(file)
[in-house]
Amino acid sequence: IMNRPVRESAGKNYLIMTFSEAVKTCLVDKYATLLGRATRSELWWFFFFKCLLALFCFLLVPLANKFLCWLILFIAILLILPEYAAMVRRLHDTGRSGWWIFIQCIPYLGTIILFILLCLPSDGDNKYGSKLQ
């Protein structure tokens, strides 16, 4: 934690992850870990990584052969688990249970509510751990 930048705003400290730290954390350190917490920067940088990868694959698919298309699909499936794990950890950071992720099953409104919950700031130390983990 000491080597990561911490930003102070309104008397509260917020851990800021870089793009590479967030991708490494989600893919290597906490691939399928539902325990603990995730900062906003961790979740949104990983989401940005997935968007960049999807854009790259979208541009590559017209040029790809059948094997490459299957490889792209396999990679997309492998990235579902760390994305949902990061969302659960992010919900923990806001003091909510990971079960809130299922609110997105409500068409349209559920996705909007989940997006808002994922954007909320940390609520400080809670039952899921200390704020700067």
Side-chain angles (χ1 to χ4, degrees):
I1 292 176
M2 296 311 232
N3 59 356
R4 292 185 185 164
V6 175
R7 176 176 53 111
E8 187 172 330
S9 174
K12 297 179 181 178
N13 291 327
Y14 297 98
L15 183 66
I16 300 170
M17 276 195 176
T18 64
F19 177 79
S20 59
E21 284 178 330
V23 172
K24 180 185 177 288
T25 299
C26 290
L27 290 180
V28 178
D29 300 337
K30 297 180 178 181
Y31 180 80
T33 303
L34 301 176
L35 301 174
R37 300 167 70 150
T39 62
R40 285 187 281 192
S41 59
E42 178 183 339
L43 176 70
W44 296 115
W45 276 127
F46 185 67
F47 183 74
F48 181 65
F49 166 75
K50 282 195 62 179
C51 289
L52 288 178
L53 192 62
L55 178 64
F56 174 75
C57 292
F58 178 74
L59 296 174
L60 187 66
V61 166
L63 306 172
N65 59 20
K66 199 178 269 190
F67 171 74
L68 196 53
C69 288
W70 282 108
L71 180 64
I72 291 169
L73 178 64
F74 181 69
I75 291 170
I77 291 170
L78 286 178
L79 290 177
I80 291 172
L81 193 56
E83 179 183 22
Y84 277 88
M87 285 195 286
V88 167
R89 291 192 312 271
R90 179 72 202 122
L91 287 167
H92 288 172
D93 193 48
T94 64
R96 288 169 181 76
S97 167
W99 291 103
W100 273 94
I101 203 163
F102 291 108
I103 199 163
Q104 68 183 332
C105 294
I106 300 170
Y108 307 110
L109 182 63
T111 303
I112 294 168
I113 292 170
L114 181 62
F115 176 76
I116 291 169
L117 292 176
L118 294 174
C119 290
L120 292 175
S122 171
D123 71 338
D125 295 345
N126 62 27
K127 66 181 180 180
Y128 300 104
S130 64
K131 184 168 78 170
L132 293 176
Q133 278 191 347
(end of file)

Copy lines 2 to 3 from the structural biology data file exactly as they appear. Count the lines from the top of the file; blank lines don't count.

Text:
Amino acid sequence: IMNRPVRESAGKNYLIMTFSEAVKTCLVDKYATLLGRATRSELWWFFFFKCLLALFCFLLVPLANKFLCWLILFIAILLILPEYAAMVRRLHDTGRSGWWIFIQCIPYLGTIILFILLCLPSDGDNKYGSKLQ
């Protein structure tokens, strides 16, 4: 934690992850870990990584052969688990249970509510751990 930048705003400290730290954390350190917490920067940088990868694959698919298309699909499936794990950890950071992720099953409104919950700031130390983990 000491080597990561911490930003102070309104008397509260917020851990800021870089793009590479967030991708490494989600893919290597906490691939399928539902325990603990995730900062906003961790979740949104990983989401940005997935968007960049999807854009790259979208541009590559017209040029790809059948094997490459299957490889792209396999990679997309492998990235579902760390994305949902990061969302659960992010919900923990806001003091909510990971079960809130299922609110997105409500068409349209559920996705909007989940997006808002994922954007909320940390609520400080809670039952899921200390704020700067």